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Opinion When Trump goes low, go low

Summer Zervos sits in the New York County Criminal Court on Dec. 5, 2017. (Barry Williams/AFP/Getty Images)

Michelle Obama had it all wrong. “ When they go low, we go high ” is no way to deal with Donald Trump.

A porn star, a playmate and a contestant who washed out on his reality TV show have become exemplars for doing battle with a president for whom practically nothing is out of bounds. They are showing that the most effective way to deal with him is on his own terms.

The three — Stormy Daniels, Karen McDougal and Summer Zervos — are suing for the right to tell their stories about him. The headaches and unforeseeable turns that these legal fights present would be well understood by a man who, according to a USA Today tally, has filed at least 3,500 lawsuits of his own, for grievances real and imagined.

Adult entertainer Daniels has outmaneuvered the president and his inept lawyer Michael Cohen at nearly every turn. They apparently believed they had bought her silence about the year-long extramarital affair she claims to have had with the future president a decade ago.

Opinion writer Jonathan Capehart joins columnists Karen Tumulty, Christine Emba and Molly Roberts in this clip from the weekly roundtable "It's Only Thursday." (Video: The Washington Post)

But it turns out they had only rented it.

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When Daniels signed a nondisclosure agreement in the weeks before the 2016 election, hardly anyone thought Trump had much chance of winning, especially after the furor over comments he had made about women on the now-famous “Access Hollywood” tape. So $130,000 to stay quiet must have looked too good for Daniels to pass up. (Cohen said the money came from his personal home equity line of credit.)

Three women, Stormy Daniels, Karen McDougal and Summer Zervos, have filed various lawsuits related to encounters with President Trump. (Video: Joyce Koh/The Washington Post)

With her alleged paramour in the Oval Office, however, there is surely much more to be gained from her account, so she is trying to slip free from the agreement on the technicality that Trump never signed it.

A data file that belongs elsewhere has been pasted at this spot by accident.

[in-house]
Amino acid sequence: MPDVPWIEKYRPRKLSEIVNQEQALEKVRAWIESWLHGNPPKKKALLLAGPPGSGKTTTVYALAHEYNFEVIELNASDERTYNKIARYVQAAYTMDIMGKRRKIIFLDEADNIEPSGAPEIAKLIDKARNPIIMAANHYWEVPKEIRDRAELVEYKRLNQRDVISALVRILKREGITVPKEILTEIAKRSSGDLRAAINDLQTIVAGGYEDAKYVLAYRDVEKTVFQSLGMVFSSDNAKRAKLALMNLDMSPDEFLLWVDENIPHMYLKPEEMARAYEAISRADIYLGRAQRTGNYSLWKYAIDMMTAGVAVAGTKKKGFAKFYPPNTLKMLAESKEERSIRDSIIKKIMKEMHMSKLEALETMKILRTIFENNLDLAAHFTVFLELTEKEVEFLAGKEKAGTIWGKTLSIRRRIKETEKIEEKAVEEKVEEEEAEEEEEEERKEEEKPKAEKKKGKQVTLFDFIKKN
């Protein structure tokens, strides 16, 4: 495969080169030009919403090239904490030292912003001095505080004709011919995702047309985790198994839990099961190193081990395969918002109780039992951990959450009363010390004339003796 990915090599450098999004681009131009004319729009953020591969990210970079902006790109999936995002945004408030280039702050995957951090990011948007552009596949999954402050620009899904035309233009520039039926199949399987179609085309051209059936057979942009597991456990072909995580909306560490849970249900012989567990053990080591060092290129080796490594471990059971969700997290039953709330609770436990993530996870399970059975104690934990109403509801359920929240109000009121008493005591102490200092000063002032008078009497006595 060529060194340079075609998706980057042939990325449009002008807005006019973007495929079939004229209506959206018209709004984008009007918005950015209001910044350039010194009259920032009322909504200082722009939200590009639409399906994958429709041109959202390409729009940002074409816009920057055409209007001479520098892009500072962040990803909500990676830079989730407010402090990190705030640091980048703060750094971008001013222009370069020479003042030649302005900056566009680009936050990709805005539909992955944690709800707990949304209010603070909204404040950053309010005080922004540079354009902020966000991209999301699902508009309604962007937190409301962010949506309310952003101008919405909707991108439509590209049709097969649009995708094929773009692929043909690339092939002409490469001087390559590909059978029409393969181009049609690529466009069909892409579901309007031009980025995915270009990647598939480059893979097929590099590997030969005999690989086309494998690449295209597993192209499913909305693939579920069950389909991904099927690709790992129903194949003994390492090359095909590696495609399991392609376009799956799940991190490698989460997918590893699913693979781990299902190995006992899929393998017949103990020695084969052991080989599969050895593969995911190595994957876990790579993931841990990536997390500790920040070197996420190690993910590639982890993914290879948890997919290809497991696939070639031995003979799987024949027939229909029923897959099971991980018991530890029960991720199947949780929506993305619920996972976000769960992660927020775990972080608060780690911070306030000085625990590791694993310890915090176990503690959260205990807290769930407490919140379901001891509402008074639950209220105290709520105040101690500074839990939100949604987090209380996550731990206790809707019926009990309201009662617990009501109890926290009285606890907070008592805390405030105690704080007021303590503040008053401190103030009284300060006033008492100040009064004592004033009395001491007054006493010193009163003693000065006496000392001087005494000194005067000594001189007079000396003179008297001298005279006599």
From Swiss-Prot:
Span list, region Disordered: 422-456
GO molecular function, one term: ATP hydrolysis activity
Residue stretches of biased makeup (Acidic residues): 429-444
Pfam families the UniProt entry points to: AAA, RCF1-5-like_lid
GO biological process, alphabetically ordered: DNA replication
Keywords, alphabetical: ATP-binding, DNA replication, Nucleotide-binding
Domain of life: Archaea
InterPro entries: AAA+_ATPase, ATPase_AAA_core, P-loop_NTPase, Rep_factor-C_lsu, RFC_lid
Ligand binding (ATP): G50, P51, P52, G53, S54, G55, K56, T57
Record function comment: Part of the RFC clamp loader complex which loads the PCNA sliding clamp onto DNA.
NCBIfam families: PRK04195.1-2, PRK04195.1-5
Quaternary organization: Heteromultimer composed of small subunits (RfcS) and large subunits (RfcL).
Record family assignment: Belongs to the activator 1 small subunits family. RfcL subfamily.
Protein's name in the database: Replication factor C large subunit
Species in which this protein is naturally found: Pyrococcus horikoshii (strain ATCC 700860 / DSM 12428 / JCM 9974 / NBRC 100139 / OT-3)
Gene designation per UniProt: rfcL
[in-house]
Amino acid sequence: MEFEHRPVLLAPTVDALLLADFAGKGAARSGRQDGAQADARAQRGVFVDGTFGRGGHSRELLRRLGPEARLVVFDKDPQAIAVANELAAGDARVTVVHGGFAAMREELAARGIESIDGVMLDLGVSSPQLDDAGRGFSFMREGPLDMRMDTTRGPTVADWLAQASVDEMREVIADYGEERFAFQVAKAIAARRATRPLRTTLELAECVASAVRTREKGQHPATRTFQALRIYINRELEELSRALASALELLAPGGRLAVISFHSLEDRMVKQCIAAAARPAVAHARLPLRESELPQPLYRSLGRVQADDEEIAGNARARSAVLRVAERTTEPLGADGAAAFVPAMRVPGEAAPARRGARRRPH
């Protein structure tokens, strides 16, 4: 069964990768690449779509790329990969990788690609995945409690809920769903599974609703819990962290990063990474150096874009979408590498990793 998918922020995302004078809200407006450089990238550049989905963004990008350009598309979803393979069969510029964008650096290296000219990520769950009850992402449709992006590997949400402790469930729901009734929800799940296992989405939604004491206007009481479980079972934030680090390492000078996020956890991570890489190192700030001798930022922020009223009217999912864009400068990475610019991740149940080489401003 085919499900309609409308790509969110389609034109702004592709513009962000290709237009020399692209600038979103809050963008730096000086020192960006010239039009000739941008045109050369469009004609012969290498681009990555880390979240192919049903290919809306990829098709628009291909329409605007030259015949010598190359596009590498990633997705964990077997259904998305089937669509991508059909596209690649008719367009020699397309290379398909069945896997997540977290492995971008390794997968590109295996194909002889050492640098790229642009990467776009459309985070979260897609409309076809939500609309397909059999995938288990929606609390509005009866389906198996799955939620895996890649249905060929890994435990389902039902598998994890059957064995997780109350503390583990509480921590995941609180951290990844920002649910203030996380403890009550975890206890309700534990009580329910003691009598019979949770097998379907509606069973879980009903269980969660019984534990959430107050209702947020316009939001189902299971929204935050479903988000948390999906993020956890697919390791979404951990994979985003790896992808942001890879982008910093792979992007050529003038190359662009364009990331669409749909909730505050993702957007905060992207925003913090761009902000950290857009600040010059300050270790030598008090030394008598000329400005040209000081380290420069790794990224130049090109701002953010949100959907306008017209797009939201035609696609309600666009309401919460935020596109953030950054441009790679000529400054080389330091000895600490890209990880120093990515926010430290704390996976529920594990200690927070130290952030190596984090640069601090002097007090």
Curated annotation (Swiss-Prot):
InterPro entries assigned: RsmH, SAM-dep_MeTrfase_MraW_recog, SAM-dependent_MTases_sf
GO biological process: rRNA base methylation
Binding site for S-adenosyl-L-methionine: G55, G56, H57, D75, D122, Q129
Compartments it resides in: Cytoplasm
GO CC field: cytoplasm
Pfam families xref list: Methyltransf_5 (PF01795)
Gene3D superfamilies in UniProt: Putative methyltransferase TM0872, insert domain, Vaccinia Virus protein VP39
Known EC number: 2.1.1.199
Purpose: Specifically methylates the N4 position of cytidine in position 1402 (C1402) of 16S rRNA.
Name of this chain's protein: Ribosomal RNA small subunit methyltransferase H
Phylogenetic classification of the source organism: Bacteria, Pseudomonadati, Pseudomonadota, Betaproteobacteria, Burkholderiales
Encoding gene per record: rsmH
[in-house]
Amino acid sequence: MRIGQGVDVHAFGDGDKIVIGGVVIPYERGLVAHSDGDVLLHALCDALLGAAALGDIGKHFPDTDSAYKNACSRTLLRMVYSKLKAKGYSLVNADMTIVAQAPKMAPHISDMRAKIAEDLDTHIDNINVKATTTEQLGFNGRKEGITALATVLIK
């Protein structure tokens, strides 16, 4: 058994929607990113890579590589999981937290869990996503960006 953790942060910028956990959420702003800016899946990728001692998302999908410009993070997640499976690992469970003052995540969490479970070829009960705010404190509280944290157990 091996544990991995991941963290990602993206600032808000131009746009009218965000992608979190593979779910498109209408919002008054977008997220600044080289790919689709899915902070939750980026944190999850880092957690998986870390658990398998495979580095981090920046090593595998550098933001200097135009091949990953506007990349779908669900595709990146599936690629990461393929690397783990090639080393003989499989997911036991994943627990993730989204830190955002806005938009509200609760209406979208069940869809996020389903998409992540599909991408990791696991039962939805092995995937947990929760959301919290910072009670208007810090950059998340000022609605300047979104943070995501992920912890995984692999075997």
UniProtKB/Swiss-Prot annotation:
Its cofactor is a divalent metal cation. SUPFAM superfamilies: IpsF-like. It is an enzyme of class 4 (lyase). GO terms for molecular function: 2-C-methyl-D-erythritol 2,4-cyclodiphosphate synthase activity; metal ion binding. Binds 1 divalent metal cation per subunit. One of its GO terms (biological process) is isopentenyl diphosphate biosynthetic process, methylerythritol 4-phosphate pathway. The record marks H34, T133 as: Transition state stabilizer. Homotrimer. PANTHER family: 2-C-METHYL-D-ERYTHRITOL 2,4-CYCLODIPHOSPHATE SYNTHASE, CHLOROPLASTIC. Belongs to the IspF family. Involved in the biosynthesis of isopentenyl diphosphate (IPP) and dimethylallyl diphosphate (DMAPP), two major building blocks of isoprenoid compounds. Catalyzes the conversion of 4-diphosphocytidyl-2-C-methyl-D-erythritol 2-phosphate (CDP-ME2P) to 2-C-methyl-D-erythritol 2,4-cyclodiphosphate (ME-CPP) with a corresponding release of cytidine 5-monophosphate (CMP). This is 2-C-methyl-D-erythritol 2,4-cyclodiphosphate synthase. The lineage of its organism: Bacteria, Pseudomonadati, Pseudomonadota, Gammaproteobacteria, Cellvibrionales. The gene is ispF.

Backing out of a deal if there’s a better one to be had? Trump did it for decades. “I’ve made a fortune by using debt, and if things don’t work out I renegotiate the debt. I mean, that’s a smart thing, not a stupid thing,” he boasted to CBS during his presidential campaign. As president, he has reversed himself so many times that his befuddled allies on Capitol Hill are never sure where or if he will land on most issues.

Now, instead of Daniels, it is Trump who is remaining silent — conspicuously so. No tweets, no vicious nicknames, no threats. She, meanwhile, is going on “60 Minutes,” where viewership is likely to be some of its highest ever. Count that as another blow to a president who measures the import of every event by its television ratings.

Daniels seems to be having a great time. She has become a ninja master in Trump’s own medium, smiting trolls on Twitter with a verve that my colleague Monica Hesse compared to “a very smart cat batting off a series of very dumb mice, who come at her under the delusion that the relationship is reversed.” When one man tweeted that she was a “scank,” she responded by correcting his spelling.

McDougal, who was Playboy’s 1998 Playmate of the Year, claims to have had an affair with Trump around the same time as Daniels. But in her case, the arrangement that she is trying to escape is the one she made with the National Enquirer’s parent company, whose chief executive, David Pecker, is close to Trump. In her lawsuit, McDougal claims American Media was working secretly with Cohen to keep her quiet; the company says it contacted Trump’s lawyer only to vet her story.

A takedown by a former playmate would be a sour endnote indeed, given how assiduously Trump styled himself as Playboy’s ideal of libidinous masculinity. In 1990, the magazine’s cover featured the married real-estate developer posing with another playmate, Brandi Brandt. She wore only his tuxedo jacket.

He hung a framed copy of that Playboy in his Trump Tower office. “I was one of the few men in the history of Playboy to be on the cover,” Trump once boasted to a Post reporter.

Zervos, a former contestant from “The Apprentice,” presents a different kind of threat, and potentially the most serious one. She is one of more than a dozen women who have accused the president of unwanted sexual advances, in her case that he kissed her and groped her breasts when she met with him to discuss a job. During his presidential campaign, Trump called them all liars, and threatened to sue.

But Trump never did, empty threats being another of his favorite tactics. It was Zervos who went to court, charging defamation.

On Tuesday, the same day McDougal filed her lawsuit, a New York judge ruled that Zervos’s case can go forward. It was lost on no one that the precedent cited was the one in the sexual harassment lawsuit that ultimately led to the ­impeachment of Bill Clinton.

The Zervos lawsuit opens the possibility that Trump’s other accusers, and maybe even more women, will return to tell their stories under oath. And that the president himself will have to as well.

When Zervos was on the fifth season of “The Apprentice,” Trump fired her because she interrupted him. It turns out she may get in a last word after all.

Read more on this topic:

Laurence H. Tribe and Ron Fein: The public has a right to hear Stormy Daniels, Mr. President

Richard Cohen: Stormy Daniels — not Robert Mueller — might spell Trump’s doom

The Post’s View: Stormy Daniels needs to tell her story

Paul Waldman: Why is Trump fighting his new female accusers so hard?

Greg Sargent: Trump’s new female accusers may put him in greater danger